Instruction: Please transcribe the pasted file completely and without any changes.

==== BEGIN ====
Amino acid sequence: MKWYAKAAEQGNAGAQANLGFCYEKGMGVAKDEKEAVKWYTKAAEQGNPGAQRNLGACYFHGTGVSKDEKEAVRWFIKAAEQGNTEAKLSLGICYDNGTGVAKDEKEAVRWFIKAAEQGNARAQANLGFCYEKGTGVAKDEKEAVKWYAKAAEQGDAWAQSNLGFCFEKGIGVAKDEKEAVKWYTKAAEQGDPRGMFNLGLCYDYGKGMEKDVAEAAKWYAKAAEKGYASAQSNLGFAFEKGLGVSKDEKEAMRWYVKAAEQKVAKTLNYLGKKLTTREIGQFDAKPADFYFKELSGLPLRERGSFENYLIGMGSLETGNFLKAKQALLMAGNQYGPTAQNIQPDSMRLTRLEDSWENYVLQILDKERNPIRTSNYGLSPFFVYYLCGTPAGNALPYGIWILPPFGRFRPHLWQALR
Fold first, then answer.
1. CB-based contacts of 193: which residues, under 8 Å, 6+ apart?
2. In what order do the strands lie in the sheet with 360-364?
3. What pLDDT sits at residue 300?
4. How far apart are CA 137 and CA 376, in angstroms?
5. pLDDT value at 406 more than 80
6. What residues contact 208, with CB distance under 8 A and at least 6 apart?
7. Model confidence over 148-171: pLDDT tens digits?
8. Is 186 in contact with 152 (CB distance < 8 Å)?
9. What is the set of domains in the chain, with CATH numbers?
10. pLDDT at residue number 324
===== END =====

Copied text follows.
Amino acid sequence: MKWYAKAAEQGNAGAQANLGFCYEKGMGVAKDEKEAVKWYTKAAEQGNPGAQRNLGACYFHGTGVSKDEKEAVRWFIKAAEQGNTEAKLSLGICYDNGTGVAKDEKEAVRWFIKAAEQGNARAQANLGFCYEKGTGVAKDEKEAVKWYAKAAEQGDAWAQSNLGFCFEKGIGVAKDEKEAVKWYTKAAEQGDPRGMFNLGLCYDYGKGMEKDVAEAAKWYAKAAEKGYASAQSNLGFAFEKGLGVSKDEKEAMRWYVKAAEQKVAKTLNYLGKKLTTREIGQFDAKPADFYFKELSGLPLRERGSFENYLIGMGSLETGNFLKAKQALLMAGNQYGPTAQNIQPDSMRLTRLEDSWENYVLQILDKERNPIRTSNYGLSPFFVYYLCGTPAGNALPYGIWILPPFGRFRPHLWQALR
Fold first, then answer.
1. CB-based contacts of 193: which residues, under 8 Å, 6+ apart?
2. In what order do the strands lie in the sheet with 360-364?
3. What pLDDT sits at residue 300?
4. How far apart are CA 137 and CA 376, in angstroms?
5. pLDDT value at 406 more than 80
6. What residues contact 208, with CB distance under 8 A and at least 6 apart?
7. Model confidence over 148-171: pLDDT tens digits?
8. Is 186 in contact with 152 (CB distance < 8 Å)?
9. What is the set of domains in the chain, with CATH numbers?
10. pLDDT at residue number 324